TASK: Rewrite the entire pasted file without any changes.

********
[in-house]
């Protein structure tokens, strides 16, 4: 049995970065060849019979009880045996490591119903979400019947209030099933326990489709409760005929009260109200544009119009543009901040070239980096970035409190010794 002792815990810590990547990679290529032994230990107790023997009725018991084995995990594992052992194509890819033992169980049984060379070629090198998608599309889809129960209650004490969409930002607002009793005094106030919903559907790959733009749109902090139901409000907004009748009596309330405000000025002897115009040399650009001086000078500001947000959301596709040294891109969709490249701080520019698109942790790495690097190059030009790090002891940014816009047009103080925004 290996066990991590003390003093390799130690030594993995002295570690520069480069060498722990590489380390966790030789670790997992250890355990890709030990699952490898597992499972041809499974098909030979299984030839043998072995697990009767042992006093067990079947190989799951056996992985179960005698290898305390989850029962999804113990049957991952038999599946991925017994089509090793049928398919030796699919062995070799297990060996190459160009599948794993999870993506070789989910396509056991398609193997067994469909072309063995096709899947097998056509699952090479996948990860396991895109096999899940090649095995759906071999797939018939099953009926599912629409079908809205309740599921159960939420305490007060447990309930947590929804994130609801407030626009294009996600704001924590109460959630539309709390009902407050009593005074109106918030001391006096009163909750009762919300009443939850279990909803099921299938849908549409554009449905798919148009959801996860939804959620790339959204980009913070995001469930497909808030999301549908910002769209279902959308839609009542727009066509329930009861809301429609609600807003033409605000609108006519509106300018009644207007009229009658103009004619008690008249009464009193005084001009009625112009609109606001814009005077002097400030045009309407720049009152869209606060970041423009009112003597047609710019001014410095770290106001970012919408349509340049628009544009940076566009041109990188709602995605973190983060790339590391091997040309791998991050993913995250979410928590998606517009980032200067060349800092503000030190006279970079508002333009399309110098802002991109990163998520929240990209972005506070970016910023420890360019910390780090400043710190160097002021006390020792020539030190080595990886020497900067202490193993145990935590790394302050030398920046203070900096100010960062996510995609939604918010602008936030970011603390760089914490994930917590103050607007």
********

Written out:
[in-house]
């Protein structure tokens, strides 16, 4: 049995970065060849019979009880045996490591119903979400019947209030099933326990489709409760005929009260109200544009119009543009901040070239980096970035409190010794 002792815990810590990547990679290529032994230990107790023997009725018991084995995990594992052992194509890819033992169980049984060379070629090198998608599309889809129960209650004490969409930002607002009793005094106030919903559907790959733009749109902090139901409000907004009748009596309330405000000025002897115009040399650009001086000078500001947000959301596709040294891109969709490249701080520019698109942790790495690097190059030009790090002891940014816009047009103080925004 290996066990991590003390003093390799130690030594993995002295570690520069480069060498722990590489380390966790030789670790997992250890355990890709030990699952490898597992499972041809499974098909030979299984030839043998072995697990009767042992006093067990079947190989799951056996992985179960005698290898305390989850029962999804113990049957991952038999599946991925017994089509090793049928398919030796699919062995070799297990060996190459160009599948794993999870993506070789989910396509056991398609193997067994469909072309063995096709899947097998056509699952090479996948990860396991895109096999899940090649095995759906071999797939018939099953009926599912629409079908809205309740599921159960939420305490007060447990309930947590929804994130609801407030626009294009996600704001924590109460959630539309709390009902407050009593005074109106918030001391006096009163909750009762919300009443939850279990909803099921299938849908549409554009449905798919148009959801996860939804959620790339959204980009913070995001469930497909808030999301549908910002769209279902959308839609009542727009066509329930009861809301429609609600807003033409605000609108006519509106300018009644207007009229009658103009004619008690008249009464009193005084001009009625112009609109606001814009005077002097400030045009309407720049009152869209606060970041423009009112003597047609710019001014410095770290106001970012919408349509340049628009544009940076566009041109990188709602995605973190983060790339590391091997040309791998991050993913995250979410928590998606517009980032200067060349800092503000030190006279970079508002333009399309110098802002991109990163998520929240990209972005506070970016910023420890360019910390780090400043710190160097002021006390020792020539030190080595990886020497900067202490193993145990935590790394302050030398920046203070900096100010960062996510995609939604918010602008936030970011603390760089914490994930917590103050607007």